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SIX GUITARISTS IN UNIQUE NAPA RECITAL
by Gary Digman
Sunday, July 25, 2021
The first Napa Valley Guitar Festival was held at Napa’s First Presbyterian Church July 25, and featured performances from six classical guitarists. The Church is an iconic structure in downtown Napa, its huge white presence dominating the scene, and the white theme continues inside punctuated by be
Chamber
CLARA SCHUMANN TRIO COMMANDS VOM CHAMBER MUSIC CONCERT AT HANNA
by Terry McNeill
Saturday, July 24, 2021
The Valley of the Moon Chamber Music Series has begun several virtual and a few live concerts in its new seventh season, some broadcast from Sonoma’s Hanna Center Hall and some in posh local venues. July 24’s video had a small live audience and a well-produced video program of three works. Titled “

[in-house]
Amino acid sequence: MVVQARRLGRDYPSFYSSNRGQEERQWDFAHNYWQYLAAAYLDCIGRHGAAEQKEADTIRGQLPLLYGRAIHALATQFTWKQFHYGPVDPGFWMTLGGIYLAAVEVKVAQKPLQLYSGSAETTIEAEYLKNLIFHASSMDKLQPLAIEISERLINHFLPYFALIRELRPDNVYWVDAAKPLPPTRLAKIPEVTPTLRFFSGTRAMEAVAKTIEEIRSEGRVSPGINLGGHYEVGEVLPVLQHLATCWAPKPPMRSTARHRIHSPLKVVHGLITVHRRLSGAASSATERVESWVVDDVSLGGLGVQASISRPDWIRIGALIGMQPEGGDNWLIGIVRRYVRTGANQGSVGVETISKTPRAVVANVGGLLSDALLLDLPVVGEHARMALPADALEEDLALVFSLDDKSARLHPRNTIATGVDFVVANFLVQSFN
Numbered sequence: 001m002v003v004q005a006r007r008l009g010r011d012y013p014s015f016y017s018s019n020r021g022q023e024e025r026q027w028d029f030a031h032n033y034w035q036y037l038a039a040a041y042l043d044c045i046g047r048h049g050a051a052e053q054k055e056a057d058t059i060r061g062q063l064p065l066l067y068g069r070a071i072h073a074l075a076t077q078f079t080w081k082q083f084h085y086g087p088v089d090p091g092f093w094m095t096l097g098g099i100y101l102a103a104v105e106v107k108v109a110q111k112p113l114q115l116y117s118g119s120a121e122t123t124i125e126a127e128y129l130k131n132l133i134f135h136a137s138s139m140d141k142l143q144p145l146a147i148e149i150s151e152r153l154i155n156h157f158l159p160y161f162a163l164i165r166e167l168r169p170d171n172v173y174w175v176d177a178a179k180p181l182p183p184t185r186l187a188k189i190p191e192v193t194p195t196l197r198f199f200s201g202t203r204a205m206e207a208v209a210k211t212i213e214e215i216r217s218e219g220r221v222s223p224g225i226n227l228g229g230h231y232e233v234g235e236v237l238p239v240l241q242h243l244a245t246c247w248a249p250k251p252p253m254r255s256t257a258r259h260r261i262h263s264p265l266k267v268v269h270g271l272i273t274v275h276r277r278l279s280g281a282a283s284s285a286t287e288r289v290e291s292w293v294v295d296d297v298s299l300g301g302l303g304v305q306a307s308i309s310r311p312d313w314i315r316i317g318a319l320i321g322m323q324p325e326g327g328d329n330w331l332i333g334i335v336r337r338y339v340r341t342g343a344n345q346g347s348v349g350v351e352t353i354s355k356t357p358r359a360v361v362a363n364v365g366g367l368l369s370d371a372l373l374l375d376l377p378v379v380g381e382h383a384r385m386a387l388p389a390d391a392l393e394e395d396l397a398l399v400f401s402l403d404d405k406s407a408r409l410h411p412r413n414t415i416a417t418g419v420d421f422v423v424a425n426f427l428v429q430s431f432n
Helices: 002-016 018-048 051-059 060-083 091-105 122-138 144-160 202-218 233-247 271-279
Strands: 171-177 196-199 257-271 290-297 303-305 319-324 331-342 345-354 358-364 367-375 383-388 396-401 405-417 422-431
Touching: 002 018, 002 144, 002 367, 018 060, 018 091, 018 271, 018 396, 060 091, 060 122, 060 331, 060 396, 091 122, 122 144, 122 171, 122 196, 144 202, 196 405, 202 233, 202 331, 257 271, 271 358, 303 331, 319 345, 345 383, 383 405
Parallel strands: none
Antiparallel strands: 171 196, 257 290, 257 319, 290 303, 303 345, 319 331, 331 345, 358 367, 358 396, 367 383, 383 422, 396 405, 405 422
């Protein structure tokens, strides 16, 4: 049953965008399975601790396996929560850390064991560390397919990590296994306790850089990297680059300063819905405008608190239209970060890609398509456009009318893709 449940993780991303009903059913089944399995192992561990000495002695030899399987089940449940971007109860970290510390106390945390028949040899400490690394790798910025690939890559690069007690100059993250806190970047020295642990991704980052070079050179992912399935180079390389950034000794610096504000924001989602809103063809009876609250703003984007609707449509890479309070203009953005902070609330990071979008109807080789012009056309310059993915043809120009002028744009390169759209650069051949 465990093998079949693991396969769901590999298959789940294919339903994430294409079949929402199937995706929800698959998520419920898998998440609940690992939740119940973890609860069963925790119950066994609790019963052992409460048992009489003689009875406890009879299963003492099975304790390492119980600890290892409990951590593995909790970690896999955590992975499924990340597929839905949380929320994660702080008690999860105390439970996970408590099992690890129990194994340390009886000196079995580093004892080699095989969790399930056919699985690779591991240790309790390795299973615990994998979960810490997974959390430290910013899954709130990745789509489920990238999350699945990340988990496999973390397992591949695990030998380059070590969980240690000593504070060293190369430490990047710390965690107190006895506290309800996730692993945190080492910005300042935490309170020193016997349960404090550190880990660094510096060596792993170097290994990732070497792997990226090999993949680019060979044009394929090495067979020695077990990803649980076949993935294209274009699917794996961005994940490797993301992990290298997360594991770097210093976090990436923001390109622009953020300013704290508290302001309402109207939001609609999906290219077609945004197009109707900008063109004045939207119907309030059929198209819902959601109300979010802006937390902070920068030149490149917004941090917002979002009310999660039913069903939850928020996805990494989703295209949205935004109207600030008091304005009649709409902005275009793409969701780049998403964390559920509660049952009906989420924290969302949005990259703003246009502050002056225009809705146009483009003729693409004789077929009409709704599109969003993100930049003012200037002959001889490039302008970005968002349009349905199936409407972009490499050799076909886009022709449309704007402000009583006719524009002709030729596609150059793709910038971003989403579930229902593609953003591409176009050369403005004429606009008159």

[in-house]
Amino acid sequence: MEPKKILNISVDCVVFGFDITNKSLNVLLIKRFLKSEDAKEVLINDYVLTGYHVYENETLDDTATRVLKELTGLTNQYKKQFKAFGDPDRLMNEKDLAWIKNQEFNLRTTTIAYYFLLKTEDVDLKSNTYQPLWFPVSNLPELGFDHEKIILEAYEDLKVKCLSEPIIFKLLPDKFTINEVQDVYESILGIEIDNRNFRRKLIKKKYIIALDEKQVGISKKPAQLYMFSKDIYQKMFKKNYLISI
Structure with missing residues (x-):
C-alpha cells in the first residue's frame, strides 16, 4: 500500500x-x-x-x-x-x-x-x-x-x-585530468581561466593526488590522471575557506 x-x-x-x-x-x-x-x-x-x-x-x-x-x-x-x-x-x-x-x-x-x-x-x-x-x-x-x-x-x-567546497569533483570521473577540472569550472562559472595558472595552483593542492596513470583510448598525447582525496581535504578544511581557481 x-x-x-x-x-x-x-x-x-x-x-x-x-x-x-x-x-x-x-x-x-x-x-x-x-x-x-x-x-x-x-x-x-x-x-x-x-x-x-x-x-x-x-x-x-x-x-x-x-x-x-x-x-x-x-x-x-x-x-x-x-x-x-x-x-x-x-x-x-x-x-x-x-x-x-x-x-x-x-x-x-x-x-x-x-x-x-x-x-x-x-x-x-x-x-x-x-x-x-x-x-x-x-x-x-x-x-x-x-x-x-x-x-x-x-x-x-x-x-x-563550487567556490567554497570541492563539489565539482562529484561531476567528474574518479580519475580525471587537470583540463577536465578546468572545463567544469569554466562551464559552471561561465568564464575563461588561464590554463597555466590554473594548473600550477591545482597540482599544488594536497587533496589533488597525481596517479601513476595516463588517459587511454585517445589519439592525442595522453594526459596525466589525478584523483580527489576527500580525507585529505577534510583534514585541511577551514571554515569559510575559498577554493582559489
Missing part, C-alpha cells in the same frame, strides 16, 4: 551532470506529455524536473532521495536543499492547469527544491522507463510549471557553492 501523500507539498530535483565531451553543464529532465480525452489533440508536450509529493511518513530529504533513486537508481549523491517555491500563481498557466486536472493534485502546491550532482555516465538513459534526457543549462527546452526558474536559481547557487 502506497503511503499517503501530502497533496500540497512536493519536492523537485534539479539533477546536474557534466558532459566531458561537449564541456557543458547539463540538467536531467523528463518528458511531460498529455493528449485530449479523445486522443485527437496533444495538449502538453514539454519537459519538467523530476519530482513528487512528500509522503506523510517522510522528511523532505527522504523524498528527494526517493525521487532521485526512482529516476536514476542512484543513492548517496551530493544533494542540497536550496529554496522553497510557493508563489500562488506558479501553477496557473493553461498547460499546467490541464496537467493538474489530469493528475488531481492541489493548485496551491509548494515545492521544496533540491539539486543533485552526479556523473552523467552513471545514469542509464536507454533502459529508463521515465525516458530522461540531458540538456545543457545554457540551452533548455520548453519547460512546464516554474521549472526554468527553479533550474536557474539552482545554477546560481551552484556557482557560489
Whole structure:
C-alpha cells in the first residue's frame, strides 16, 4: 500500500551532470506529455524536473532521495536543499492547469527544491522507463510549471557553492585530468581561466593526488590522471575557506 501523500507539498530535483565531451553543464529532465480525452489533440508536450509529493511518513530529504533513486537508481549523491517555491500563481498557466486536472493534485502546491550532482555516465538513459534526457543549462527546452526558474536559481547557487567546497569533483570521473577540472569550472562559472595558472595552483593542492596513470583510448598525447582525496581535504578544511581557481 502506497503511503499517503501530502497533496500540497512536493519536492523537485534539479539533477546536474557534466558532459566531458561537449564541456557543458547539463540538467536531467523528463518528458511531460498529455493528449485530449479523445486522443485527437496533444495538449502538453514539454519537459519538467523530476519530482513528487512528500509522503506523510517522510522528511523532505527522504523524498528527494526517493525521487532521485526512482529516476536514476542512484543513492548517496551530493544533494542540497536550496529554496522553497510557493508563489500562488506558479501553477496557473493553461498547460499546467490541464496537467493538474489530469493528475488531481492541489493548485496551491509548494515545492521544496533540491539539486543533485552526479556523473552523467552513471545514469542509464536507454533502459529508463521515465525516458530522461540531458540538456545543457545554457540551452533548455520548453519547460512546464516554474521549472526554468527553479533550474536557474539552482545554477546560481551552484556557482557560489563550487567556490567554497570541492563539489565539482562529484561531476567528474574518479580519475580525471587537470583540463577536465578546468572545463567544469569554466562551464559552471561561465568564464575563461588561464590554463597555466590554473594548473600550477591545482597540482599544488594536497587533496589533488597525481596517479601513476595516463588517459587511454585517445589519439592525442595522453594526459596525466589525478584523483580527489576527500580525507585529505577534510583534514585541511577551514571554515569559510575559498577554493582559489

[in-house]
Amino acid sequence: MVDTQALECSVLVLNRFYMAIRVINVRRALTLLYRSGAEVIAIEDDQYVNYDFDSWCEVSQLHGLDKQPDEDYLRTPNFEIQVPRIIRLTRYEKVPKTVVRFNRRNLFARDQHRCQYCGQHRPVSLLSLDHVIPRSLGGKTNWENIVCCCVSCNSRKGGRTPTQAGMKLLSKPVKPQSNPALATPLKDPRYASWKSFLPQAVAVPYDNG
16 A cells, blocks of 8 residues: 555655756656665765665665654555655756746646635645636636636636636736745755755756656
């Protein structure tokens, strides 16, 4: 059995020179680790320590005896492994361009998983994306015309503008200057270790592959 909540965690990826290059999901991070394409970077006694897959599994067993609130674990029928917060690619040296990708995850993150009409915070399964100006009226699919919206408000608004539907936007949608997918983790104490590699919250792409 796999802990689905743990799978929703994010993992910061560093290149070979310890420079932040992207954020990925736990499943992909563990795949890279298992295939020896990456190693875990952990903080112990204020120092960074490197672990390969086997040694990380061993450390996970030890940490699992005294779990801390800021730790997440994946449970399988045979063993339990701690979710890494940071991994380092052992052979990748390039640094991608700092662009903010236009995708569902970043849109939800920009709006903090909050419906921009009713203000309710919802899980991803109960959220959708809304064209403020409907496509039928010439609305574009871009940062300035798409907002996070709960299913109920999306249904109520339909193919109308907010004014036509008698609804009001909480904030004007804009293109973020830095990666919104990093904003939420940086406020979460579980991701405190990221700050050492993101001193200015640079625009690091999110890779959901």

Chamber
EXEMPLARY QUARTET PLAYING IN MENDO FESTIVAL FT. BRAGG CONCERT
by Terry McNeill
Wednesday, July 21, 2021
Faced with the impossibility of presenting concerts in the iconic large white tent on the bluff, the Mendocino Music Festival opted to use Ft. Bragg’s Cotton Auditorium for ten events in the abbreviated 35th season. San Francisco’s Alexander String Quartet played July 21 to a fully masked audience
Chamber
ECLECTIC PROGRAMMING AT PIANOSONOMA CONCERT IN SCHROEDER HALL
by Pamela Hicks Gailey
Tuesday, July 20, 2021
After a dark year bereft of live performance, pianoSonoma launched July 20 the first Vino & Vibrato concert of the 2021 season in Sonoma State's Schroeder Hall, albeit sadly senza vino due to Covid protocols. Three exceptional musicians showered the audience with an interesting variety of pia
Chamber
RARELY-PLAYED SCHUMANN HIGHLIGHTS HEALDSBURG RECITAL
by Terry McNeill
Saturday, July 10, 2021
Brave New Music sporadically produces concerts in and around Healdsburg, and July 10’s violin recital in downtown St. Paul’s Church must have been one of the first post-lockdown, post-be-extra-careful classical music concerts in Sonoma County's summer season. New Music Founder Gary McLaughlin with